A former Democratic state representative who was swept out of office in the Republican wave of 2010 is again vying for a House seat in a redrawn Dallas-area district. Carol Kent, a Democrat with a 20-year career in higher education, is facing off against Republican Jason Villalba, a Hispanic lawyer and first-time political candidate who is being touted statewide by members of his party.
In House District 114, which includes North Dallas, Preston Hollow and Lake Highlands, the candidates say constituents are predominantly concerned with the $5.4 billion cut from public education during the last session, as well as the lackluster economy.
The incumbent Republican, Rep. Will Hartnett, is not running for re-election, which opened the door for Villalba. It's also a new district for Kent, who lost her HD-102 seat to Rep. Stefani Carter in 2010 before Republican-led redistricting.
Although Villalba identifies as a conservative — he opposes abortion and favors small government — he believes his Republican counterparts cut too deep from public education.
“I’m for restoring some of the funds that were cut in the last session,” he said, “so long as any additional restoration is coupled with true education reform that includes accountability.”
In contrast, Kent said she’s in favor of restoring all funds cut from public education, and that her views on returning financing to women’s health programs, which were also cut last session, are more in line with the views of voters in the district.
“Mr. Villalba is going to follow Rick Perry’s agenda, and that is not what we’re hearing from our constituents that this district wants,” Kent said. She emphasized her experience balancing budgets during the five years she spent on the Richardson ISD school board. “We’ve got to make sure every child receives the education they need in order to enter the workforce,” she said.
Although Kent received an endorsement from The Dallas Morning News in her race against Carter in 2010, the paper has endorsed Villalba this year. Kent has received endorsements from Annie’s List, the Texas State Teachers Association, Planned Parenthood Gulf Coast, the Texas AFL-CIO and the Combined Law Enforcement Agencies of Texas, among others.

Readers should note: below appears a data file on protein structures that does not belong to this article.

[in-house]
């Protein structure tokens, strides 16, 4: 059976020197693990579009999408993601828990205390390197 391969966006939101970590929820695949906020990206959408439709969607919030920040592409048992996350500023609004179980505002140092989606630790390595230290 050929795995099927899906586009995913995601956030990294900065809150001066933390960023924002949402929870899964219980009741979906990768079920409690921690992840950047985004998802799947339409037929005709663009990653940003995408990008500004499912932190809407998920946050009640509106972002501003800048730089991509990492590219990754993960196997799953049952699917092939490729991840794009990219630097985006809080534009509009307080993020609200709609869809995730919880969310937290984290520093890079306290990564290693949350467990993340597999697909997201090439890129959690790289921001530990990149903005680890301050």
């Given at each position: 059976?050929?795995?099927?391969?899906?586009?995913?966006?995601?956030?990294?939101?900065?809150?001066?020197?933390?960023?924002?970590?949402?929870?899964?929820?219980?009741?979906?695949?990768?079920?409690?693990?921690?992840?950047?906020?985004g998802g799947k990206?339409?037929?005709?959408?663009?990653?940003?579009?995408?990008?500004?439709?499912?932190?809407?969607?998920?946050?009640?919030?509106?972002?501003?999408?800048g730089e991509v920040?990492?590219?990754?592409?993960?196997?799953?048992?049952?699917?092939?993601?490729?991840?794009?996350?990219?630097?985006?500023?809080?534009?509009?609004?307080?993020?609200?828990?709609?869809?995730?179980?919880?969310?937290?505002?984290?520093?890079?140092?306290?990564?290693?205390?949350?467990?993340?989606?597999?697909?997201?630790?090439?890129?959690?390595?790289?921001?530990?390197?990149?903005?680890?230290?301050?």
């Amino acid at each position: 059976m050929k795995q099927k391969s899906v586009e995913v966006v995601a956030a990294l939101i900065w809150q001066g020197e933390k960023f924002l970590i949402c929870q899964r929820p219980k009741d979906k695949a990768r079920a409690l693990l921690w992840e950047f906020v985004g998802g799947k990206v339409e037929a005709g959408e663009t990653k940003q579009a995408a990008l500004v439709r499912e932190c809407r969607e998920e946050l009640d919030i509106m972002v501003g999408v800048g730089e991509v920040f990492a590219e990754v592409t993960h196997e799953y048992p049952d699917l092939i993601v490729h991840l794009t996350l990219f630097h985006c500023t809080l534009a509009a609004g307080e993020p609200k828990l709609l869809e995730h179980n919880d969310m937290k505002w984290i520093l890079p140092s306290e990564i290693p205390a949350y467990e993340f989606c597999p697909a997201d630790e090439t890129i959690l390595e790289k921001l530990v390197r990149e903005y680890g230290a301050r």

Villalba has received endorsements from presidential candidate Mitt Romney, U.S. Sens. John Cornyn and Kay Bailey Hutchison, the Texas Association of Realtors, the Texas Hospital Association and the Hispanic Republicans of Texas.
“Jason is going to win, and he’s going to be a Hispanic Republican winning in a predominantly Anglo district,” said Trey Newton, executive director of the Hispanic Republicans of Texas. “That’s important and telling about the Republican Party … [which] first and foremost wants the best and most conservative qualifying candidate."
Both parties agreed Villalba’s ethnicity will have little to do with his success or failure in this campaign, but Democrats argued he shouldn’t be considered an emblem for Latino voters statewide.
“I understand that he’s one of the poster [children] for the party to make people think they care about Hispanic issues when they don’t,” said Darlene Ewing, chairwoman of the Dallas County Democratic Party. She said that the Republican Party platform supports a “discriminatory” voter ID law and other immigration policies that hurt Latinos.
Villalba said his political run is "not driven by race or ethnicity,” and added that in his primary campaign against Tea Party conservative Bill Keffer, he stayed focused on the issues. “That’s why I won, and that’s why I’ll beat Carol Kent,” he said.
In campaign finance reports filed 30 days before the election, Villalba's campaign reported having raised $172,855, compared with Kent's $121,236.
Ultimately, Democrats see an opportunity to turn HD-114 blue this year.
“The Republicans drew [the district] to try to elect Republicans, but because Dallas has such a large Democratic base within it, they had to draw some marginal districts,” said Matt Angle, a Democratic political consultant and director of the Lone Star Project.
But Republicans say that the Democratic candidates don’t offer what the electorate values.
“The voters have moved on past Carol Kent,” said Wade Emmert, chairman of the Dallas County Republican Party. “They want conservative leadership.”
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